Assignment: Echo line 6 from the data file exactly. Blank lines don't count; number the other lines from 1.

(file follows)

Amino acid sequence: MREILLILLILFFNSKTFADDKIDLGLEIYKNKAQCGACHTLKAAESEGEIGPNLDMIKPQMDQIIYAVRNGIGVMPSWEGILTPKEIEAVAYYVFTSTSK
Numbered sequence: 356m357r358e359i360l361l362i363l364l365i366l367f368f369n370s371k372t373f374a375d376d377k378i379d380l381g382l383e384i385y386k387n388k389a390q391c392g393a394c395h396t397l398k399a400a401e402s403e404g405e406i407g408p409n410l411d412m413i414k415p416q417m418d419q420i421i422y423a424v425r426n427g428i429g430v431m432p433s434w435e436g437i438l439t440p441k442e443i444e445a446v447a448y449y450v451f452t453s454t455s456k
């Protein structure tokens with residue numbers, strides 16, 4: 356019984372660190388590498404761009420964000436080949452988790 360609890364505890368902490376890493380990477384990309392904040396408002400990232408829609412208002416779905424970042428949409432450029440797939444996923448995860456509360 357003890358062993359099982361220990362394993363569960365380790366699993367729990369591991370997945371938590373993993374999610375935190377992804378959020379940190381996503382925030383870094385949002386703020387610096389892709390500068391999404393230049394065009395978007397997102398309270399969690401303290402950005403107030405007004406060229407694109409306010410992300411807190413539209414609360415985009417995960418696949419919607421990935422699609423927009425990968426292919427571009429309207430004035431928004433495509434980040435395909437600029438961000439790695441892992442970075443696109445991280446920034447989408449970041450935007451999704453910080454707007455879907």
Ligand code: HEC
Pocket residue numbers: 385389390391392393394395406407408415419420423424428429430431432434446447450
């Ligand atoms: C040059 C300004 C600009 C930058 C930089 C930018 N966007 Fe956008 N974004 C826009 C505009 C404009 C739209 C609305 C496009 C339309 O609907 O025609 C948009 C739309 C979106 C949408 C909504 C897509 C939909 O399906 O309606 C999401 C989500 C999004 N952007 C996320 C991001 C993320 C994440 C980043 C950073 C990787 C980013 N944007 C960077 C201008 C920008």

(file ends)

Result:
């Ligand atoms: C040059 C300004 C600009 C930058 C930089 C930018 N966007 Fe956008 N974004 C826009 C505009 C404009 C739209 C609305 C496009 C339309 O609907 O025609 C948009 C739309 C979106 C949408 C909504 C897509 C939909 O399906 O309606 C999401 C989500 C999004 N952007 C996320 C991001 C993320 C994440 C980043 C950073 C990787 C980013 N944007 C960077 C201008 C920008």